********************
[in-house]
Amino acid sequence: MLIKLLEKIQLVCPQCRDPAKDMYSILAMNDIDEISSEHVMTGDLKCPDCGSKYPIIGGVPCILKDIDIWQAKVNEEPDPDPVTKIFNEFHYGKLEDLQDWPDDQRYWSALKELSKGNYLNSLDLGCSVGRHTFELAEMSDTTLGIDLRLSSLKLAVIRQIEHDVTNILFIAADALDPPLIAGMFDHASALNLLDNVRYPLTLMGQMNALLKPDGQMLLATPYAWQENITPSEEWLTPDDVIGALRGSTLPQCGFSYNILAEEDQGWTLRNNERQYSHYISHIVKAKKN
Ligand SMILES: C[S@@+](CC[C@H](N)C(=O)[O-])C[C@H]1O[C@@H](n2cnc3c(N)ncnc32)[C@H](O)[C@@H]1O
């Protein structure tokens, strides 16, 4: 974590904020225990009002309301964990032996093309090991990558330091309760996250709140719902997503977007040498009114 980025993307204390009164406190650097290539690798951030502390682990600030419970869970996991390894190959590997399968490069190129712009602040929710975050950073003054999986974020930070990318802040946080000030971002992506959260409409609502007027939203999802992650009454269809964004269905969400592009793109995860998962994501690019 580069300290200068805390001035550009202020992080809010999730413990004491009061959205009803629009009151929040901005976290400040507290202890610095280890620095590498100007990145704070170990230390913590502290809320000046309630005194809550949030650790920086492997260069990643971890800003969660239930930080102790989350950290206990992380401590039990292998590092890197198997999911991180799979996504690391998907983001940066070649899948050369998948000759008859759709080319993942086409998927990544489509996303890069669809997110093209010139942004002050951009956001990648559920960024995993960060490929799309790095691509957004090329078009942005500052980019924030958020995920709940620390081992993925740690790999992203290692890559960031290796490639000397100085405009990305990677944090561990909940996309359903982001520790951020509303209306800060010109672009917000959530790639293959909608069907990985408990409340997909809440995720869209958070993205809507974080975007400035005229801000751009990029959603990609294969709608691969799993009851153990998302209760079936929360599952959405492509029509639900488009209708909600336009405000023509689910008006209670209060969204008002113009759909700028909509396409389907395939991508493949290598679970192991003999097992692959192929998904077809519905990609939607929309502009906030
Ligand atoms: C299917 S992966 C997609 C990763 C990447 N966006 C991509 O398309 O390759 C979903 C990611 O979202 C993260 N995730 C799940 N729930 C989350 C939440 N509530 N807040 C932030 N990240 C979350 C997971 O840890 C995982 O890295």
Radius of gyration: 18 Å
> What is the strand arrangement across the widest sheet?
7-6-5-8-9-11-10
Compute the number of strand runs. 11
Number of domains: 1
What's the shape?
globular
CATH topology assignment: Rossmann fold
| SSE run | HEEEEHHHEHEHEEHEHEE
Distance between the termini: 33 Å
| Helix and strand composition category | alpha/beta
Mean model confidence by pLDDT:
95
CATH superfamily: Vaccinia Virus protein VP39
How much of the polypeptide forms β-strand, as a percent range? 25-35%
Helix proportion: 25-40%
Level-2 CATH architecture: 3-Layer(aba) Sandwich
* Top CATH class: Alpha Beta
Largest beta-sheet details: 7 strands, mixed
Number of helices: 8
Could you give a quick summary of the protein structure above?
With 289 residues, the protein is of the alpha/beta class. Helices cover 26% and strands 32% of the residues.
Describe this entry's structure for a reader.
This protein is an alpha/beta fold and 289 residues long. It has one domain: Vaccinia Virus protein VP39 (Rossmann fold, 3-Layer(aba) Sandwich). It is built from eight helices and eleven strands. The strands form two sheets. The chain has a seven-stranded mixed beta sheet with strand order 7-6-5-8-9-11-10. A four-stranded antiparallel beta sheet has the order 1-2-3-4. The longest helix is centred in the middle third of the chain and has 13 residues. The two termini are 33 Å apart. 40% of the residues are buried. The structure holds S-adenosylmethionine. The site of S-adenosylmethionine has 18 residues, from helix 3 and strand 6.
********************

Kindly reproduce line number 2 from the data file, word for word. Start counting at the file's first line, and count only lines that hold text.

Amino acid sequence: MLIKLLEKIQLVCPQCRDPAKDMYSILAMNDIDEISSEHVMTGDLKCPDCGSKYPIIGGVPCILKDIDIWQAKVNEEPDPDPVTKIFNEFHYGKLEDLQDWPDDQRYWSALKELSKGNYLNSLDLGCSVGRHTFELAEMSDTTLGIDLRLSSLKLAVIRQIEHDVTNILFIAADALDPPLIAGMFDHASALNLLDNVRYPLTLMGQMNALLKPDGQMLLATPYAWQENITPSEEWLTPDDVIGALRGSTLPQCGFSYNILAEEDQGWTLRNNERQYSHYISHIVKAKKN